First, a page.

WASHINGTON, D.C. –The U.S. Department of Transportation’s Federal Motor Carrier Safety Administration (FMCSA) has proposed a set of comprehensive national prerequisite training standards for entry-level commercial truck and bus operators seeking to obtain a commercial driver’s license (CDL).
“Well-trained drivers are safer drivers, which leads to greater safety for our families and friends on our highways and roads,” said U.S. Transportation Secretary Anthony Foxx. “With the help of our partners, today’s proposal serves as a major step towards ensuring that commercial vehicle drivers receive the necessary training required to safely operate a large truck or motorcoach.”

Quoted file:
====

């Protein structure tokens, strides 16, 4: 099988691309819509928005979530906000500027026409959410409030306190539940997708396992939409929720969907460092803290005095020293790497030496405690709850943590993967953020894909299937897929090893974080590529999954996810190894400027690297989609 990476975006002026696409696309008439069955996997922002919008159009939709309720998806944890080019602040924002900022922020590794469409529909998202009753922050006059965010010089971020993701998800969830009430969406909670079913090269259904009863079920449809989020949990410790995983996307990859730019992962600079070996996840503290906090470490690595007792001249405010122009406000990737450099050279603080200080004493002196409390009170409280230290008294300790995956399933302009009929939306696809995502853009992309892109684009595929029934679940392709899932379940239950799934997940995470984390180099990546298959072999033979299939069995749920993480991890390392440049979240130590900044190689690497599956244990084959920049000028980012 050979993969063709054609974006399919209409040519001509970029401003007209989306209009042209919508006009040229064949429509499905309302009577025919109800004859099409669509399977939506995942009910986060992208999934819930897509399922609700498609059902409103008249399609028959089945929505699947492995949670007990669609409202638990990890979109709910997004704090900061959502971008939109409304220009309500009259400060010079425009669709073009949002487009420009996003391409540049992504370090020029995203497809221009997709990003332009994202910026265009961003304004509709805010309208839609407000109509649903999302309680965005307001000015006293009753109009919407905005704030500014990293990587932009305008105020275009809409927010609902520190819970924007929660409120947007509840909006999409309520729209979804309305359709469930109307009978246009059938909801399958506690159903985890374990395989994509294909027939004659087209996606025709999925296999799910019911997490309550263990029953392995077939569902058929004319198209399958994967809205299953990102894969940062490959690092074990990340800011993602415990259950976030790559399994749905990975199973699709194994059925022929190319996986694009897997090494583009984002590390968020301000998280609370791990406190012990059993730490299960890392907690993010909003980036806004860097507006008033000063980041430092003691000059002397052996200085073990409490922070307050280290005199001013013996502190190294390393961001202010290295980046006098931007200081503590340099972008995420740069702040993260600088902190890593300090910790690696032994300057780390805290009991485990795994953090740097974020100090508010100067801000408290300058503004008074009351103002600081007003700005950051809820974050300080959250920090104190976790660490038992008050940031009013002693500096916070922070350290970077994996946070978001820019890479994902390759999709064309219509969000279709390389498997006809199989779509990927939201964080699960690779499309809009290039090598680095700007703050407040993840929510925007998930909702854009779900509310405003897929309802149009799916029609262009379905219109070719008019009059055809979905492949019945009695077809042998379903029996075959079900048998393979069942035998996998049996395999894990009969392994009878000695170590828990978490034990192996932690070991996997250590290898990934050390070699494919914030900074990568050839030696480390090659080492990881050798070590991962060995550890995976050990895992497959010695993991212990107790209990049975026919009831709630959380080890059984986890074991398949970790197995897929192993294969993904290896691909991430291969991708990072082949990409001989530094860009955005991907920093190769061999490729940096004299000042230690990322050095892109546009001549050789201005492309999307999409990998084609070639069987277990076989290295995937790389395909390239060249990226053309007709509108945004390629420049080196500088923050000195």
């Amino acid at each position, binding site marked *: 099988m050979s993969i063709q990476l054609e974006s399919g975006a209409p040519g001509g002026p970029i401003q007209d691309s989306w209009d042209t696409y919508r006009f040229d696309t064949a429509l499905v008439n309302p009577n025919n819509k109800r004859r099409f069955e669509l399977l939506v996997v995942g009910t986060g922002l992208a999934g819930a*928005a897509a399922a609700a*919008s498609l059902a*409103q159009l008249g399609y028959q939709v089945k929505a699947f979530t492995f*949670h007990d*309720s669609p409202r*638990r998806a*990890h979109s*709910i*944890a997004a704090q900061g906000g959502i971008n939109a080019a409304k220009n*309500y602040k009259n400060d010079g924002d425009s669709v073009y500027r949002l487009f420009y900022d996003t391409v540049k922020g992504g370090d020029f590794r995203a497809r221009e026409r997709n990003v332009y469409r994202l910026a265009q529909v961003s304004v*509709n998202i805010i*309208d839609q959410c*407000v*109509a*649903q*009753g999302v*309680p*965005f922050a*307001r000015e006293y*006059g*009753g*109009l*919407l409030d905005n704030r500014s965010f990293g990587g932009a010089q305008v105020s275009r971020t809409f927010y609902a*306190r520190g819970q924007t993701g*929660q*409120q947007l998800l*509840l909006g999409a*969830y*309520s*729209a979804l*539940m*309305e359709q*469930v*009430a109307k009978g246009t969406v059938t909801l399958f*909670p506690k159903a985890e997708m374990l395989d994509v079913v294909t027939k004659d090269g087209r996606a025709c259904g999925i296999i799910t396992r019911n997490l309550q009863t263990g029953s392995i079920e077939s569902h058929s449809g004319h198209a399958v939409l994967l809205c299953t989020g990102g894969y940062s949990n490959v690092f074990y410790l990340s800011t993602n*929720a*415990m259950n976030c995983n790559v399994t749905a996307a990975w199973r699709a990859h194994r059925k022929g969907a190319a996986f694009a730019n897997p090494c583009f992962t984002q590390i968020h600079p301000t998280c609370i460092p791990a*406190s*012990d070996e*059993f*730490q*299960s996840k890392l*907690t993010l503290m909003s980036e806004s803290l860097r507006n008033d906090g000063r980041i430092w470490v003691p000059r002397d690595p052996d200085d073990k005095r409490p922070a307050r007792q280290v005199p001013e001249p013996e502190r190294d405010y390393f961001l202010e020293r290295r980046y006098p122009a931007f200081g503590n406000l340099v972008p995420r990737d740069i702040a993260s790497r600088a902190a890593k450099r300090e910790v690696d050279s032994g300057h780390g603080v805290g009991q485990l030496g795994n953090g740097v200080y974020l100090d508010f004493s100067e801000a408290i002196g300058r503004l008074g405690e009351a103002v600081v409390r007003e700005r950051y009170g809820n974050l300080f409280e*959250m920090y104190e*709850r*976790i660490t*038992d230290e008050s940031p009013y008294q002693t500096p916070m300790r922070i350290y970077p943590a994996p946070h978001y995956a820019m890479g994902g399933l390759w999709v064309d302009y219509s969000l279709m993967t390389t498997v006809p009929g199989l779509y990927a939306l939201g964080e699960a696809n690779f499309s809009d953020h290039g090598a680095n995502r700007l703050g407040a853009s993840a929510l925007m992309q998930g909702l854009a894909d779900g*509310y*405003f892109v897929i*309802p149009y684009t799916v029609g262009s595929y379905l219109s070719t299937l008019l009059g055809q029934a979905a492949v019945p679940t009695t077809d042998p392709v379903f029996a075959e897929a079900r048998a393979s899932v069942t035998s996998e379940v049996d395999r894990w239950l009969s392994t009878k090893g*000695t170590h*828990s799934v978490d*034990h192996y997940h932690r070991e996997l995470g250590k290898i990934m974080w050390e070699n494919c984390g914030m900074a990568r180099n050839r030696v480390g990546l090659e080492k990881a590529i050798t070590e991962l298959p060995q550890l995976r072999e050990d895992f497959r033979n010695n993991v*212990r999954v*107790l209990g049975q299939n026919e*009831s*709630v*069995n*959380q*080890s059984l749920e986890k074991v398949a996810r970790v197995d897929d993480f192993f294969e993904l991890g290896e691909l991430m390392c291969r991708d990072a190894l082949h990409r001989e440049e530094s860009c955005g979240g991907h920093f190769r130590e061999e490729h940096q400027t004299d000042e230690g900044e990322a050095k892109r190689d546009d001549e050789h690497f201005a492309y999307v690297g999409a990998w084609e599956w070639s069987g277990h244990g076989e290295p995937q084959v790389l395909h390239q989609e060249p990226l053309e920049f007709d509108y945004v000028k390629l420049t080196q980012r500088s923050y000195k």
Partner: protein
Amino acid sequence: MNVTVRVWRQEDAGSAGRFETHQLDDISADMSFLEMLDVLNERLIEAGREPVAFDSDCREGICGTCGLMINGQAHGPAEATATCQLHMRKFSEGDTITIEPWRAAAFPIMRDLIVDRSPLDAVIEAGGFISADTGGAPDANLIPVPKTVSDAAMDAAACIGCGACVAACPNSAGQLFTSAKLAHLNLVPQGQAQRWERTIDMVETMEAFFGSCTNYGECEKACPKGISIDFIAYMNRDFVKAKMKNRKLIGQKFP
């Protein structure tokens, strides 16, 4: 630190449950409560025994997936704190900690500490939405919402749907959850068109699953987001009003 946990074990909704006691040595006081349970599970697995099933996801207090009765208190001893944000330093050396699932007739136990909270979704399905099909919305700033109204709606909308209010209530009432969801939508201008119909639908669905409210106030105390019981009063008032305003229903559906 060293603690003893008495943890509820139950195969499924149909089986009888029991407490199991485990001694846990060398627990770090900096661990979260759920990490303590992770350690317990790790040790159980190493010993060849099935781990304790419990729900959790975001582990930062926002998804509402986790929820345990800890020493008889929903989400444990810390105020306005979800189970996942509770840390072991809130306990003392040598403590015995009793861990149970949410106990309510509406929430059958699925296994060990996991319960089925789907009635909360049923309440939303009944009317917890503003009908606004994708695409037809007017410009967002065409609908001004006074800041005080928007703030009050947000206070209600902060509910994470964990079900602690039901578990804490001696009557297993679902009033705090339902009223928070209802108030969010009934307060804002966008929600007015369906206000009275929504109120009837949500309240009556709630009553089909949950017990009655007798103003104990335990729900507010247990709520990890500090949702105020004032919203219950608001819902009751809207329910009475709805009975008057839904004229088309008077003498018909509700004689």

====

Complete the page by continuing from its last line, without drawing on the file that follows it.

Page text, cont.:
Under the proposal, applicants seeking a “Class A” CDL – necessary for operating a combination tractor-trailer type vehicle weighing 26,001 lbs. or more – would be required to obtain a minimum of 30 hours of behind-the-wheel training from an instructional program that meets FMCSA standards, including a minimum of 10 hours of operating the vehicle on a practice driving range.
Applicants seeking a “Class B” CDL – necessary for operating a heavy straight truck (such as a dump truck or box truck) or a school bus, city transit bus, or motorcoach – would be required to obtain a minimum of 15 hours of behind-the-wheel training, including a minimum of seven hours of practice range training.
There is no proposed minimum number of hours that driver trainees must spend on the classroom portions of any of the individual curricula, said the release.
Under the proposal, military drivers, farmers, and firefighters would continue to remain generally exempt from the federal CDL requirements.